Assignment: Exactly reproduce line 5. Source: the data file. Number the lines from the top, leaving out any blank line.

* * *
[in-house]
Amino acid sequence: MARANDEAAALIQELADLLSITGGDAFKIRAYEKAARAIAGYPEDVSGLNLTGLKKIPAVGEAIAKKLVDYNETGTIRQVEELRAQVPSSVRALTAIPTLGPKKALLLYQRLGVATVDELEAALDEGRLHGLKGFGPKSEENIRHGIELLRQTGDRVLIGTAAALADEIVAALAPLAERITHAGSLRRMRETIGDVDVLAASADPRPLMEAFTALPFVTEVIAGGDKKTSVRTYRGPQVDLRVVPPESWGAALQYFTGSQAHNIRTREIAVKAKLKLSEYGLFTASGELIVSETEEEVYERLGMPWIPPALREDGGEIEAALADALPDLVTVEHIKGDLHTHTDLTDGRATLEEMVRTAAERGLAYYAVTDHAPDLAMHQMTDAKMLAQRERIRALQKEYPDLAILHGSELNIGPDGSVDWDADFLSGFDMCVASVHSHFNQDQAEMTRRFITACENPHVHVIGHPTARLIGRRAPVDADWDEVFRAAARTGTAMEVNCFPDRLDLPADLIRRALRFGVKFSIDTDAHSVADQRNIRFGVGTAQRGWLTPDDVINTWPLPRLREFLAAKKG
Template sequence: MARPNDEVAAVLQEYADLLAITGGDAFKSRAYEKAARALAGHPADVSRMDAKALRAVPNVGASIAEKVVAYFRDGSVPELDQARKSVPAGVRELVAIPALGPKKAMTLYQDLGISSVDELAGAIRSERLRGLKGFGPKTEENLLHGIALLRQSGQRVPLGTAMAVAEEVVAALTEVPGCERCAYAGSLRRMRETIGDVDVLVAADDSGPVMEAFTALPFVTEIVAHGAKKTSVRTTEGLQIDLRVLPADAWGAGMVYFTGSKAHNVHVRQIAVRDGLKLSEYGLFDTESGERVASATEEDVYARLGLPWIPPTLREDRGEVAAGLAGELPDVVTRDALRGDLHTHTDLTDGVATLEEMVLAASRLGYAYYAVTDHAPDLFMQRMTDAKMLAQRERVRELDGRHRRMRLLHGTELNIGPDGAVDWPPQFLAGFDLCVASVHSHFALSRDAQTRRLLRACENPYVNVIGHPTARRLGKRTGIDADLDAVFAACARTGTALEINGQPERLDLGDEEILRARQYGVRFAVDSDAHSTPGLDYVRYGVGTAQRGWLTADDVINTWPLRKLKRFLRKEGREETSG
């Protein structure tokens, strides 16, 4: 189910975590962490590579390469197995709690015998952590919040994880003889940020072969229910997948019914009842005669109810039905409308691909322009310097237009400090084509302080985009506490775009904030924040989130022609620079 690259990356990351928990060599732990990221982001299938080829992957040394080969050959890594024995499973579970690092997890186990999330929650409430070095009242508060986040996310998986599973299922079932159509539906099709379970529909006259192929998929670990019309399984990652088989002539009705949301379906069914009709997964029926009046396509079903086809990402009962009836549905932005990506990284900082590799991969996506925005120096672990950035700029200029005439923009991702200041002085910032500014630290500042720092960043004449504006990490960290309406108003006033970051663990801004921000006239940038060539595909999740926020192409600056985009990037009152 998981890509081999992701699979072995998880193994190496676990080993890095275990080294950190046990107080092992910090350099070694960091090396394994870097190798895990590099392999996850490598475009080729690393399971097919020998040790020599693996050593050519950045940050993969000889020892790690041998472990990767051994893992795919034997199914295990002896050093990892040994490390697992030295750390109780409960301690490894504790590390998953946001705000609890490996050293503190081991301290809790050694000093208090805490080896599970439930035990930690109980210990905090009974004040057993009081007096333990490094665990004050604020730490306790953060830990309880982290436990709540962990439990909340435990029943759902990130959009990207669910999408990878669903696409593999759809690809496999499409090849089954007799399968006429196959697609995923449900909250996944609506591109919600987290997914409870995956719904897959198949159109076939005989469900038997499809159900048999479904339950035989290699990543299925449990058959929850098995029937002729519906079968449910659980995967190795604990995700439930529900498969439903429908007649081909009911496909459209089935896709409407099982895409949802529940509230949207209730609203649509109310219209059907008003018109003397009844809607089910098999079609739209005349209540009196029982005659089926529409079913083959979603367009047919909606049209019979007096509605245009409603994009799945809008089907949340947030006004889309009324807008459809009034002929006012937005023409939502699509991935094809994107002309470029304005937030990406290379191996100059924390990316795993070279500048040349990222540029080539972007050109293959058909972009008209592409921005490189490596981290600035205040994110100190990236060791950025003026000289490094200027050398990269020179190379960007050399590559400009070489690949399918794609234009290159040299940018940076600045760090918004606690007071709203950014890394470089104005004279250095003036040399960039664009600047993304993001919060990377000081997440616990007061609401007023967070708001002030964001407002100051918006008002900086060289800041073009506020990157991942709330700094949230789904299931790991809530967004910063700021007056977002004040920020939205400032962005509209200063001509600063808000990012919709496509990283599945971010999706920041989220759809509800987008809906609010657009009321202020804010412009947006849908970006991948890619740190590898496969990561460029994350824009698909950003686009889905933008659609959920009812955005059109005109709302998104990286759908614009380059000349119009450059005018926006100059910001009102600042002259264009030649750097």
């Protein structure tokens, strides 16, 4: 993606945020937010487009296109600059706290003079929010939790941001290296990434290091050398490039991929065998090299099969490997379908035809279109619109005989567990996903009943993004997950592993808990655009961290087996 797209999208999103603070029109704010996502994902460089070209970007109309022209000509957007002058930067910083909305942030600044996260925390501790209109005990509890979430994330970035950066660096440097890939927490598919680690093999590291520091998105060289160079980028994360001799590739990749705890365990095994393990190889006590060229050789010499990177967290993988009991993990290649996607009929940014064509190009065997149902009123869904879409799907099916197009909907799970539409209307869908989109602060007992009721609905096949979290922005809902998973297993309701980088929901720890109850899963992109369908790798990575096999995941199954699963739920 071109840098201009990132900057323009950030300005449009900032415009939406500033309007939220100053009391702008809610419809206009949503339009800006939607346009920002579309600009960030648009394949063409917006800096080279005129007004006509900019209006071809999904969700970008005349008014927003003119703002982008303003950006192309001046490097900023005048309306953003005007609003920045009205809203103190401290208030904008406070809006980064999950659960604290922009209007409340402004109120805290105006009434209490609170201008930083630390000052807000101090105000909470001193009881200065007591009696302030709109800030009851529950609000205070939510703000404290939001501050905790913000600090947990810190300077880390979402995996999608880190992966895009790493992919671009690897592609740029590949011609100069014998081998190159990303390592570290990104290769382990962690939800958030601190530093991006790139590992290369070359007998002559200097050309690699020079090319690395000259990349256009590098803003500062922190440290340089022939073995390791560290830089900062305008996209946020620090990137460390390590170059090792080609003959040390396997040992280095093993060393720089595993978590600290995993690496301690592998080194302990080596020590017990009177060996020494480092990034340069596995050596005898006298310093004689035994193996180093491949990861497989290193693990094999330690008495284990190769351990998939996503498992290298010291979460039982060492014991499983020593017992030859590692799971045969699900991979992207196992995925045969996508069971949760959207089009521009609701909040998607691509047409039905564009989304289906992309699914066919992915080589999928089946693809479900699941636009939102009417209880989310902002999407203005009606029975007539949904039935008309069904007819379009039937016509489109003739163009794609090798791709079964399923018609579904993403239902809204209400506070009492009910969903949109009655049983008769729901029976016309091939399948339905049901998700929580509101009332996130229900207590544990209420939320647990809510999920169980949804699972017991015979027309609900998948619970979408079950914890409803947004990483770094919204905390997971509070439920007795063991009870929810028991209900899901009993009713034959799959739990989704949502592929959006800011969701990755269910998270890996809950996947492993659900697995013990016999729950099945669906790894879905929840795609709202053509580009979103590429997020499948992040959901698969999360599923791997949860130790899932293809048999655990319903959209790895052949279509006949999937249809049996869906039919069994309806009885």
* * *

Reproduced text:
């Protein structure tokens, strides 16, 4: 993606945020937010487009296109600059706290003079929010939790941001290296990434290091050398490039991929065998090299099969490997379908035809279109619109005989567990996903009943993004997950592993808990655009961290087996 797209999208999103603070029109704010996502994902460089070209970007109309022209000509957007002058930067910083909305942030600044996260925390501790209109005990509890979430994330970035950066660096440097890939927490598919680690093999590291520091998105060289160079980028994360001799590739990749705890365990095994393990190889006590060229050789010499990177967290993988009991993990290649996607009929940014064509190009065997149902009123869904879409799907099916197009909907799970539409209307869908989109602060007992009721609905096949979290922005809902998973297993309701980088929901720890109850899963992109369908790798990575096999995941199954699963739920 071109840098201009990132900057323009950030300005449009900032415009939406500033309007939220100053009391702008809610419809206009949503339009800006939607346009920002579309600009960030648009394949063409917006800096080279005129007004006509900019209006071809999904969700970008005349008014927003003119703002982008303003950006192309001046490097900023005048309306953003005007609003920045009205809203103190401290208030904008406070809006980064999950659960604290922009209007409340402004109120805290105006009434209490609170201008930083630390000052807000101090105000909470001193009881200065007591009696302030709109800030009851529950609000205070939510703000404290939001501050905790913000600090947990810190300077880390979402995996999608880190992966895009790493992919671009690897592609740029590949011609100069014998081998190159990303390592570290990104290769382990962690939800958030601190530093991006790139590992290369070359007998002559200097050309690699020079090319690395000259990349256009590098803003500062922190440290340089022939073995390791560290830089900062305008996209946020620090990137460390390590170059090792080609003959040390396997040992280095093993060393720089595993978590600290995993690496301690592998080194302990080596020590017990009177060996020494480092990034340069596995050596005898006298310093004689035994193996180093491949990861497989290193693990094999330690008495284990190769351990998939996503498992290298010291979460039982060492014991499983020593017992030859590692799971045969699900991979992207196992995925045969996508069971949760959207089009521009609701909040998607691509047409039905564009989304289906992309699914066919992915080589999928089946693809479900699941636009939102009417209880989310902002999407203005009606029975007539949904039935008309069904007819379009039937016509489109003739163009794609090798791709079964399923018609579904993403239902809204209400506070009492009910969903949109009655049983008769729901029976016309091939399948339905049901998700929580509101009332996130229900207590544990209420939320647990809510999920169980949804699972017991015979027309609900998948619970979408079950914890409803947004990483770094919204905390997971509070439920007795063991009870929810028991209900899901009993009713034959799959739990989704949502592929959006800011969701990755269910998270890996809950996947492993659900697995013990016999729950099945669906790894879905929840795609709202053509580009979103590429997020499948992040959901698969999360599923791997949860130790899932293809048999655990319903959209790895052949279509006949999937249809049996869906039919069994309806009885």